More AERO News
Jamie Cutler and Kiko Dontchev, now old friends, clasping hands.

Kiko Dontchev: Changing the game

Michigan Engineering alum Kiko Dontchev never planned to work on spacecrafts for a living, yet he now works as a power systems engineer at SpaceX, designing and testing lithium ion batteries.|Short Read
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Flying robots

"Unusual" unmanned aircraft are being built at the U-M Aerospace Department, and they are breaking barriers.|Short Read
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Satellites in a box

CubeSats are sparking innovation and providing easier access to space.|Short Read
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A heart-powered pacemaker

A new power scheme for cardiac pacemakers turns to an unlikely source: vibrations from heartbeats themselves.|Medium Read
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Computer-driven airplane optimization stretches its wings

In order to make these gains, airplane designers have improved two important factors: the structure, which must be strong yet lightweight, and the shape, which must create lift while generating as little drag as possible|Medium Read
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The growing problem of “space junk”

U-M Professor Jamie Cutler describes the challenges with controlling and anticipating collisions with space debris, and how that challenge is being tackled in space exploration.|Short Read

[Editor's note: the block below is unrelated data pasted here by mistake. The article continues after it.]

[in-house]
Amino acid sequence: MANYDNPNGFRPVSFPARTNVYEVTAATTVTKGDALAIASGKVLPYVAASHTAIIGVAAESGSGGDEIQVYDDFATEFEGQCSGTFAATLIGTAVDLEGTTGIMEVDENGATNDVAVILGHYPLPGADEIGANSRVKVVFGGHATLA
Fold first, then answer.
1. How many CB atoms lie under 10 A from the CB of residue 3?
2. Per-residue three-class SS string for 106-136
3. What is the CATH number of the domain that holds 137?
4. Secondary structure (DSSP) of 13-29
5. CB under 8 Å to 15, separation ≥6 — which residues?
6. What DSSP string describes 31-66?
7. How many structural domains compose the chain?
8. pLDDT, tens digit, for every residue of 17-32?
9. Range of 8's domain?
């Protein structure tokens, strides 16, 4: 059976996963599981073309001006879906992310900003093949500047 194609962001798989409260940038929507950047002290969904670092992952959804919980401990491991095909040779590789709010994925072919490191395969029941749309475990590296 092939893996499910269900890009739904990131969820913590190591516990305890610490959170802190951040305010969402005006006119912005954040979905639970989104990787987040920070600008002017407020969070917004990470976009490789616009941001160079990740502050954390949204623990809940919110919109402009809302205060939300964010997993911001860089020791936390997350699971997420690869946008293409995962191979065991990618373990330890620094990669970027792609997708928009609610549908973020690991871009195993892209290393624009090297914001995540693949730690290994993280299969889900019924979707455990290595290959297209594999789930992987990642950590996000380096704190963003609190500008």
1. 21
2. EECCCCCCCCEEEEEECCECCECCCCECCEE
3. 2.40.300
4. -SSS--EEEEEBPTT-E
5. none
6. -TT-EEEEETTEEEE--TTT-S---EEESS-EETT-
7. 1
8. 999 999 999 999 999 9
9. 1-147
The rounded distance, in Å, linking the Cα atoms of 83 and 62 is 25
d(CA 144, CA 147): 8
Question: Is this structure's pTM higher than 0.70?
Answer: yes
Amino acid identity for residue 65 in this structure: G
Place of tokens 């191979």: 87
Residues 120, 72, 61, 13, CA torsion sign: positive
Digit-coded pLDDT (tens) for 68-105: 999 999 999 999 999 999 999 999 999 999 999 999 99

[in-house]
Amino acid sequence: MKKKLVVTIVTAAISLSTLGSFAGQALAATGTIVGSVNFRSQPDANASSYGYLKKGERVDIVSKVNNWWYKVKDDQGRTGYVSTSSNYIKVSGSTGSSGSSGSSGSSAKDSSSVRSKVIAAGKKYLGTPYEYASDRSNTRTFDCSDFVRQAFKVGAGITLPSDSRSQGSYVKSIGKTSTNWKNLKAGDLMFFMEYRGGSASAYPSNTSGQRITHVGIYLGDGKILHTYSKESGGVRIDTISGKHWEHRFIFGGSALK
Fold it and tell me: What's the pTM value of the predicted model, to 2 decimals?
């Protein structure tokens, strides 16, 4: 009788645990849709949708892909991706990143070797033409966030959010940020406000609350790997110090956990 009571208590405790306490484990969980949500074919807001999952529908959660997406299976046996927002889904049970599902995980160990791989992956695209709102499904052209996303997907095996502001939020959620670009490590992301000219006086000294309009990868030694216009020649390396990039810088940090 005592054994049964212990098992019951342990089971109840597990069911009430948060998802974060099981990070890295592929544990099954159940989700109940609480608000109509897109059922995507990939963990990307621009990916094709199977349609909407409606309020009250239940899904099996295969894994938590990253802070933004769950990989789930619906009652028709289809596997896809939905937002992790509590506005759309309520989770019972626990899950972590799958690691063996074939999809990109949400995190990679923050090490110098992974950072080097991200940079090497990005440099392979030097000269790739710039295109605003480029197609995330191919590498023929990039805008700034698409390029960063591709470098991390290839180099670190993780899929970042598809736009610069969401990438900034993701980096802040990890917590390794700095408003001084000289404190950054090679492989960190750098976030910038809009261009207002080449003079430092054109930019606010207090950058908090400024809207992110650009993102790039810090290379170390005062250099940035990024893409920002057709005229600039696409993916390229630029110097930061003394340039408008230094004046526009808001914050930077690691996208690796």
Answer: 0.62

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Michigan engineering alumni help to develop the SpaceX Dragon

SpaceX's Dragon, the first cargo-carrying private spacecraft, made its way back to Earth Thursday, and it was helped along the way by Michigan engineers.|Medium Read
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Thruster on a chip

The principle for each is simple: rather than blasting hot gas out of the back of a spacecraft, ion thrusters and nanoFETs use electrical energy to shoot out streams of particles.|Medium Read
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Airline executives: Engineers can have an important policy role

Airlines continue to need the intelligence and creativity of Michigan engineers and other graduates to maximize efficiency in an insanely complicated business.|Medium Read
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The future of aerospace engineering

In this second century of flight, Michigan Engineering’s highly ranked Aerospace Engineering Department is doing its part to educate those who will chart the future of the field.|Short Read